Guinness World Record Holder Gregg Fisher Interview

A conversation about being a Guinness World Record Holder, and more besides. It’s so great to hear Gregg talk after so many glimpses into his life as a collector. We could all benefit from being so keyed into the idea or indeed reality of having a passion that we see through to the nth degree.

Being a record breaker is a far more meticulous process than many would consider. From Gregg’s insights we can see why it would be daunting for some to go through it, but then of course that’s what it takes to hold a world record. It has to meet a high standard of proof in terms of both authenticity and beyond. Not just a numbers game (in terms of chips, or anything!). No doubt that rules some people out to begin with, because there is a level of seriousness, documentation and professionalism that has to be adhered to.

Charles Fox

Charles Fox Charles Fox was a prominent, and fiercely radical, Whig politician of the late eighteenth and early nineteenth centuries. He was, in fact, the first British Foreign Secretary but, while he was a famous champion of civil liberty, he was an equally infamous drunkard, gambling addict and libertine. Indeed, Fox was said to have debts ‘like Caesar’s’ but, thanks in large part to his irresitable charisma, his political ambitions were hindered more by his hostility towards King George III than his financial situation.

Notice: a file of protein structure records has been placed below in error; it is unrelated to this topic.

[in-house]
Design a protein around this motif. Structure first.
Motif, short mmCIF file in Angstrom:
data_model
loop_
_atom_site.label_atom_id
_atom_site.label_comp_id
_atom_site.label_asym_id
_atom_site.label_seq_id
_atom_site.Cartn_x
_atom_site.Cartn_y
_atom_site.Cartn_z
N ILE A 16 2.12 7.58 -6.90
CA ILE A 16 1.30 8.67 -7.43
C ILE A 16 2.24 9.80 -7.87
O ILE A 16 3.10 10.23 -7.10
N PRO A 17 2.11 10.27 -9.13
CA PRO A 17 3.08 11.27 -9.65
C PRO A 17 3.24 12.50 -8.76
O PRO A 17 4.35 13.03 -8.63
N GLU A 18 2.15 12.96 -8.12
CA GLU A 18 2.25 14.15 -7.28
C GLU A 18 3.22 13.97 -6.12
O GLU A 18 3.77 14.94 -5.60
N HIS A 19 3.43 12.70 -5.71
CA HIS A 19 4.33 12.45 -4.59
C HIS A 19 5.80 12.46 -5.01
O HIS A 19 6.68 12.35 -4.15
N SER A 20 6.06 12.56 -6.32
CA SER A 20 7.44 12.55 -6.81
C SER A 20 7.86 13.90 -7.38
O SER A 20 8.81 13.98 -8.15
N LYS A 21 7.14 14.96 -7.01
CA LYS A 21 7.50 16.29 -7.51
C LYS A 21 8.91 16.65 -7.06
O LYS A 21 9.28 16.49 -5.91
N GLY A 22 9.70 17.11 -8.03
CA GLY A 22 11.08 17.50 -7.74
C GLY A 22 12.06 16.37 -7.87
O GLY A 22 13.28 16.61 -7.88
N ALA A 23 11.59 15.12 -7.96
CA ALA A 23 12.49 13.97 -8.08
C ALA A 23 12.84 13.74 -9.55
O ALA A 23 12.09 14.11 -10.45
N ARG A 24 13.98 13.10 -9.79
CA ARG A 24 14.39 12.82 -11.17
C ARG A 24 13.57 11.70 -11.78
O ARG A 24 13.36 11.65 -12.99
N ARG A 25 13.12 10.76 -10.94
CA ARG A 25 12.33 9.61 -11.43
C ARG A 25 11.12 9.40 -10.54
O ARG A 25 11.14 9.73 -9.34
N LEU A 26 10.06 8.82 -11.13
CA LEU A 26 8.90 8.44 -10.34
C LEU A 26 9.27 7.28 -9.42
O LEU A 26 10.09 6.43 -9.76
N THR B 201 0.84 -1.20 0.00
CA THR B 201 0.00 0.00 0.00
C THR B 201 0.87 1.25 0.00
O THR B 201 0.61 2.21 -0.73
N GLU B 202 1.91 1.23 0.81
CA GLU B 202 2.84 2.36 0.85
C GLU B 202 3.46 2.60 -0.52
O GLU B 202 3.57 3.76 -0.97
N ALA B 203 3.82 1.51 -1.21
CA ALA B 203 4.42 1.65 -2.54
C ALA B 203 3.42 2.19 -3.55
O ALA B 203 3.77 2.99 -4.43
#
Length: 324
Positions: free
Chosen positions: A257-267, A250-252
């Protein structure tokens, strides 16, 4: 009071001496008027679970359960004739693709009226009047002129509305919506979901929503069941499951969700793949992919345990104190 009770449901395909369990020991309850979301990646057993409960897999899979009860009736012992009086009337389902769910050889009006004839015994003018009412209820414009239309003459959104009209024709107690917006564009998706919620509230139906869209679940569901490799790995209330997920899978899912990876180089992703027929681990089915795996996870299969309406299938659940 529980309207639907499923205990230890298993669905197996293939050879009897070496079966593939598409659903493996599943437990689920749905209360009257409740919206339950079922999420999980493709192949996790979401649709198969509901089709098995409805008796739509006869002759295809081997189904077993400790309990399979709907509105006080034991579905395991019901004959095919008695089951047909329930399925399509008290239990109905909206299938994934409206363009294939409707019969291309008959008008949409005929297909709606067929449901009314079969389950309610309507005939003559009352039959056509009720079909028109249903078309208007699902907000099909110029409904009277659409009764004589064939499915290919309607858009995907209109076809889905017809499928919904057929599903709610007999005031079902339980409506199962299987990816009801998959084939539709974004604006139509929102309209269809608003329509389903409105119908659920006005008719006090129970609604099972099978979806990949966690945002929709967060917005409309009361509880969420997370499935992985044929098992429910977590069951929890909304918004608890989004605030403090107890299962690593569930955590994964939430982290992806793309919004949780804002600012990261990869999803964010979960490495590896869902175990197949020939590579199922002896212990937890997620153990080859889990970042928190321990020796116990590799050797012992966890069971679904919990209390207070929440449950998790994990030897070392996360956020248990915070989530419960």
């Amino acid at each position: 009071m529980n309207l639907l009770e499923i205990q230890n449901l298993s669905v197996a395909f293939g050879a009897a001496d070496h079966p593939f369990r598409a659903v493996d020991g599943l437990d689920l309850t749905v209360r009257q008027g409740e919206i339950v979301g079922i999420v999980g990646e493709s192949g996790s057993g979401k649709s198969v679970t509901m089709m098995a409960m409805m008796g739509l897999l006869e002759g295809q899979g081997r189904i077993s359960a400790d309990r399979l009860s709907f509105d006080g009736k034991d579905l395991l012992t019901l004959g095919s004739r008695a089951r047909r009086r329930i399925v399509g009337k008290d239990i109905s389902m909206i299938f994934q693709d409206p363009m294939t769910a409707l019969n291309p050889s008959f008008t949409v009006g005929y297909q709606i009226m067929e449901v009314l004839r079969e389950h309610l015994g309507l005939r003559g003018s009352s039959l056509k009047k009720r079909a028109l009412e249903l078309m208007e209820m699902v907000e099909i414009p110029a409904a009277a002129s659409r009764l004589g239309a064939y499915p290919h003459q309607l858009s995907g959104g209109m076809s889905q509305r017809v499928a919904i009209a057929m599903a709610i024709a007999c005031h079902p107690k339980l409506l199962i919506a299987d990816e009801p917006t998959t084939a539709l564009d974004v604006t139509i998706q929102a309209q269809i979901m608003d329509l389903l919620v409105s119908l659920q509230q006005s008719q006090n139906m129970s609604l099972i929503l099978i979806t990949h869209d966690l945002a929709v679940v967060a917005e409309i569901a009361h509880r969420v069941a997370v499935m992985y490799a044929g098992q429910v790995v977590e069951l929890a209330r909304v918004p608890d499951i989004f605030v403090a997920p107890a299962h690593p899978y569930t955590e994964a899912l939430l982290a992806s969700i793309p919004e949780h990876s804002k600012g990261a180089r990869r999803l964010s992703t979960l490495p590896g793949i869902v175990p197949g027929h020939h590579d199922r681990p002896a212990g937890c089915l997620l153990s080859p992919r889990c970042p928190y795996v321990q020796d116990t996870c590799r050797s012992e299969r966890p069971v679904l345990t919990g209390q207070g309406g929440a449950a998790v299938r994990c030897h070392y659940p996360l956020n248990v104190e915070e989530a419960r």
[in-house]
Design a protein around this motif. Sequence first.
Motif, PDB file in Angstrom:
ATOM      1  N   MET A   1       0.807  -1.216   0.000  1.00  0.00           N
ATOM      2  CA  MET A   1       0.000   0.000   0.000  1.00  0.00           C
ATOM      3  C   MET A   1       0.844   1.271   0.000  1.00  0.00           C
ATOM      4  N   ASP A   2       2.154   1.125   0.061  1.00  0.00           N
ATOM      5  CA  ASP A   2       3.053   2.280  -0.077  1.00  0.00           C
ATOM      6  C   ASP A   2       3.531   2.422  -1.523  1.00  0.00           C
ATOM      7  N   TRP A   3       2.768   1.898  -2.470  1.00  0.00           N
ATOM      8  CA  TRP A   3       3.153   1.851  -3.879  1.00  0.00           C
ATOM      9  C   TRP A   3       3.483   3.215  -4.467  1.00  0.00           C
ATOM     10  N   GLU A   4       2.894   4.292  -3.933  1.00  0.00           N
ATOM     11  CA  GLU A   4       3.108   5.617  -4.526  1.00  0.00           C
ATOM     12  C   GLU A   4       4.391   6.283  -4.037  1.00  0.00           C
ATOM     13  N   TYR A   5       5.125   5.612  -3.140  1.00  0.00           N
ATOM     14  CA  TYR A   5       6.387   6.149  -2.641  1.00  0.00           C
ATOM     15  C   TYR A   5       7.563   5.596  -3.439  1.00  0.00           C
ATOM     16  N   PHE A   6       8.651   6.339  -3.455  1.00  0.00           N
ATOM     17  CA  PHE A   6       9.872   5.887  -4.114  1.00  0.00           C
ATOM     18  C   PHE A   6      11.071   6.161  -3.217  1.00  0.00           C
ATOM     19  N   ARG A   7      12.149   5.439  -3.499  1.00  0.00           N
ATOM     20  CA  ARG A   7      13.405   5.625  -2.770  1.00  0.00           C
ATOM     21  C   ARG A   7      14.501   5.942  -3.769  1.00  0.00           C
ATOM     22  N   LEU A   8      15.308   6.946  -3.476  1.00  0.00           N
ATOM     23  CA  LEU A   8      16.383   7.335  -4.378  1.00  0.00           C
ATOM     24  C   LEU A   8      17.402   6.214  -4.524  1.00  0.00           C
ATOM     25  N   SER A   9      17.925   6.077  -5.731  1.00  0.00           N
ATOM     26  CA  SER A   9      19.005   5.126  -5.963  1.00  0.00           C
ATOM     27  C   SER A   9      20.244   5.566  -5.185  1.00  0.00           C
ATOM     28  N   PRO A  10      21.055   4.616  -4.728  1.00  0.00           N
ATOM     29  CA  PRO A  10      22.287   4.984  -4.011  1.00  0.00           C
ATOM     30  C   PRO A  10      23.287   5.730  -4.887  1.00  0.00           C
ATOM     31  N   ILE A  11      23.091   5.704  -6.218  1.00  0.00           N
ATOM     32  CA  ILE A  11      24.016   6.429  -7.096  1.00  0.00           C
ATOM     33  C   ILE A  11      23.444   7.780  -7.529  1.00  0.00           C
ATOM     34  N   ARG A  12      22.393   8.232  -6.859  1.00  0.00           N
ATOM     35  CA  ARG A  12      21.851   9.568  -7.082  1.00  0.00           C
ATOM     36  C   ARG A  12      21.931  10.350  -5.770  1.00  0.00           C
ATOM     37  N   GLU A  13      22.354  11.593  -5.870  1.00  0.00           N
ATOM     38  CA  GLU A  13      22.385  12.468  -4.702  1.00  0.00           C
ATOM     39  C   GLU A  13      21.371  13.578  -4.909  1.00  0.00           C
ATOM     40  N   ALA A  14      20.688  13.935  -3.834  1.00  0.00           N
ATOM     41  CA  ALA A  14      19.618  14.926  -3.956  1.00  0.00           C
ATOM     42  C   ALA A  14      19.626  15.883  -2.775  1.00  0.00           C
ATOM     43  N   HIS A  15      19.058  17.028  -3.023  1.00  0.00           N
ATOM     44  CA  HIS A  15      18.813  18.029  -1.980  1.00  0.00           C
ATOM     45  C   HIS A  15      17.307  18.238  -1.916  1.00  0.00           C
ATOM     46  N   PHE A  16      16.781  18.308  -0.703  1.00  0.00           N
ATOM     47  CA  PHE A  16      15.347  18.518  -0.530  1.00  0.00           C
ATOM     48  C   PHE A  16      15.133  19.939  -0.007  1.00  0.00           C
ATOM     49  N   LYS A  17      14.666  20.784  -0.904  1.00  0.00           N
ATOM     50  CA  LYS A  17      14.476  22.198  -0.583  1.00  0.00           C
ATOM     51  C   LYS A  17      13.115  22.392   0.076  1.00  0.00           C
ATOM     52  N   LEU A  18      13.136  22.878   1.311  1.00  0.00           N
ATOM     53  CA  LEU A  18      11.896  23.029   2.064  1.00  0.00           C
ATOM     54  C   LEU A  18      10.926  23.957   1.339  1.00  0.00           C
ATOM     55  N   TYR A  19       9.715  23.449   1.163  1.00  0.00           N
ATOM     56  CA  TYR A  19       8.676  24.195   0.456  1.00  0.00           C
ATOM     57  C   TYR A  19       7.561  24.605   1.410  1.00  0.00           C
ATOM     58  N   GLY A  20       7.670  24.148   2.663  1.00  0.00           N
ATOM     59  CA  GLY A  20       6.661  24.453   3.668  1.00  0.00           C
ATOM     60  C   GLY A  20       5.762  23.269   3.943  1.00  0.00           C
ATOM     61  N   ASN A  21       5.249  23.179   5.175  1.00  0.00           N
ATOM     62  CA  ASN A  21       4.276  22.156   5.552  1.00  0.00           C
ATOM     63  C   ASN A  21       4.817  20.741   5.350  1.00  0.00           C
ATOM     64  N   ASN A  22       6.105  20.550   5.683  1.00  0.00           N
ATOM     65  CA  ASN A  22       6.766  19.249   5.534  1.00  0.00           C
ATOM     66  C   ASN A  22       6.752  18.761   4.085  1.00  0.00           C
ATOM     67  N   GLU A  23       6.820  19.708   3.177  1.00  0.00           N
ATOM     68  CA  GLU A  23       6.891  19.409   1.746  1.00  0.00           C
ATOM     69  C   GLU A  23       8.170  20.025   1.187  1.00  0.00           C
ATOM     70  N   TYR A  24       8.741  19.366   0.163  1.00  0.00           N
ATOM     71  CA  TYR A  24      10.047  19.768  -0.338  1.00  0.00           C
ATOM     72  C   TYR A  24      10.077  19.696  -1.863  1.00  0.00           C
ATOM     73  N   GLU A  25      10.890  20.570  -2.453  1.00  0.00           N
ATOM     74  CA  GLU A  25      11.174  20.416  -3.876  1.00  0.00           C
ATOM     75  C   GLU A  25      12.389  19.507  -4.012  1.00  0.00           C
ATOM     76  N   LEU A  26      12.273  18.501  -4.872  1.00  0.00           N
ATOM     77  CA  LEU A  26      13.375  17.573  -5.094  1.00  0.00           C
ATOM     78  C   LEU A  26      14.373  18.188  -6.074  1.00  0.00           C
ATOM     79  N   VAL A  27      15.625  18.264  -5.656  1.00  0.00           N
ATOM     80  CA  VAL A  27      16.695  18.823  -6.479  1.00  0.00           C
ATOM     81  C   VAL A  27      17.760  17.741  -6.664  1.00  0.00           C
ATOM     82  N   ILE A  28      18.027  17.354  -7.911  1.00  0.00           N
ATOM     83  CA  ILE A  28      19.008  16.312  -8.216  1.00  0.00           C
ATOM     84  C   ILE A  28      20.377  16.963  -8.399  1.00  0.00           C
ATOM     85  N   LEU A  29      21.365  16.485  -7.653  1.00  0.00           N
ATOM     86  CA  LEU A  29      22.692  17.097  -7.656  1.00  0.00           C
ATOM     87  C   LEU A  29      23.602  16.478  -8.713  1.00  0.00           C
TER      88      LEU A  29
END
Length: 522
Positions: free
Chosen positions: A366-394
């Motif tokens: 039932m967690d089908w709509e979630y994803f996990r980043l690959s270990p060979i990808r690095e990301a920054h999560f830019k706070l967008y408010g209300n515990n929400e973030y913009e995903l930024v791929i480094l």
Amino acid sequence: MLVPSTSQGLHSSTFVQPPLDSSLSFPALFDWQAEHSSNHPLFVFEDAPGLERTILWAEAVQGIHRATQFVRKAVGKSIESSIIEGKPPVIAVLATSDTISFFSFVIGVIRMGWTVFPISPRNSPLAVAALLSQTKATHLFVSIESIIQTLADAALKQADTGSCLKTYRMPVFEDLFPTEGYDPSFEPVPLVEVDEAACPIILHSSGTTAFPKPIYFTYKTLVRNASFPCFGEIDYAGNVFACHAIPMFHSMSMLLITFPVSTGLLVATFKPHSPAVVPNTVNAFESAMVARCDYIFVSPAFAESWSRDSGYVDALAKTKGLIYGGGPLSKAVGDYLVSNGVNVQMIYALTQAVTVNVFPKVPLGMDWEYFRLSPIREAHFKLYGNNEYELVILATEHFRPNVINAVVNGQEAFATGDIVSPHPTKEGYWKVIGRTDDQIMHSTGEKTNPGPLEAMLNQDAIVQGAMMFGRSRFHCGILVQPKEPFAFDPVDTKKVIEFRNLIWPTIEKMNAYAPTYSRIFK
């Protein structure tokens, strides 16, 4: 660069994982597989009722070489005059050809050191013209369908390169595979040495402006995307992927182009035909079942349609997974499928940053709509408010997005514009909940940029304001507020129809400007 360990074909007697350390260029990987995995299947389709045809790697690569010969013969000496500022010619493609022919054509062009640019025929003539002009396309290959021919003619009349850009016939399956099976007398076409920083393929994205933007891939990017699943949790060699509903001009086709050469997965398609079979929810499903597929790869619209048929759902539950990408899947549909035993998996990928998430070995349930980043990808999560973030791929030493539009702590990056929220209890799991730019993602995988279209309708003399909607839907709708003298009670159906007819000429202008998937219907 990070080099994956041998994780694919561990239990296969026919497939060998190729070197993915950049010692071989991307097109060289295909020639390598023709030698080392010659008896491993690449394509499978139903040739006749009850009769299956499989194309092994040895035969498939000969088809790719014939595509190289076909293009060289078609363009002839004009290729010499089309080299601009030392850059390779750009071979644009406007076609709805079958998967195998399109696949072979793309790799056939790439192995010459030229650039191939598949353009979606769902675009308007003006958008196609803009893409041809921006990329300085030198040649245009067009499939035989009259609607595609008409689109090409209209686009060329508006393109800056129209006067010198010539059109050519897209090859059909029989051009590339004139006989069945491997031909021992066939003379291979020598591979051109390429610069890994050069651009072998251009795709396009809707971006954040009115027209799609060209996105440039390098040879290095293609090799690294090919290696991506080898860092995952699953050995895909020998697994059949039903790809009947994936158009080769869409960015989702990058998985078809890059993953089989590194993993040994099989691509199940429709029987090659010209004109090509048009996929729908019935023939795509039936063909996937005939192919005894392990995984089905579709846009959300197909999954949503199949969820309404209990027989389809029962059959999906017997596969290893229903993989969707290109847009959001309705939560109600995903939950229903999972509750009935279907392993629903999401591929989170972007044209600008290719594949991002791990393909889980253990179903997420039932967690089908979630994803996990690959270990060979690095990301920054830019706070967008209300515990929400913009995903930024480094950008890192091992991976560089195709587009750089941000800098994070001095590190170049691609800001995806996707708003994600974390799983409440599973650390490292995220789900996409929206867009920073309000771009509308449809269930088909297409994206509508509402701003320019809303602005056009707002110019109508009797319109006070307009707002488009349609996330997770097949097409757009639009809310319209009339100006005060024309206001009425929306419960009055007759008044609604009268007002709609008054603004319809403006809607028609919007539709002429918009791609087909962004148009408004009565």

By 1772, while still in his early twenties, Fox had already accrued £20,000 in gambling debts, which he asked his father, Henry Fox, First Baron Holland, to pay off. Baron Holland died in July, 1774, but the previous November had agreed, once again, to pay off debts ‘not exceeding the sum of one hundred thousand pounds’ on behalf of his son. Simultanenously, Frederick Howard, Fifth Earl of Carlisle, stood Charles Fox security for an additional sum, somewhere between £14,000 and £16,000, including interest payments of up to £2,000 a year.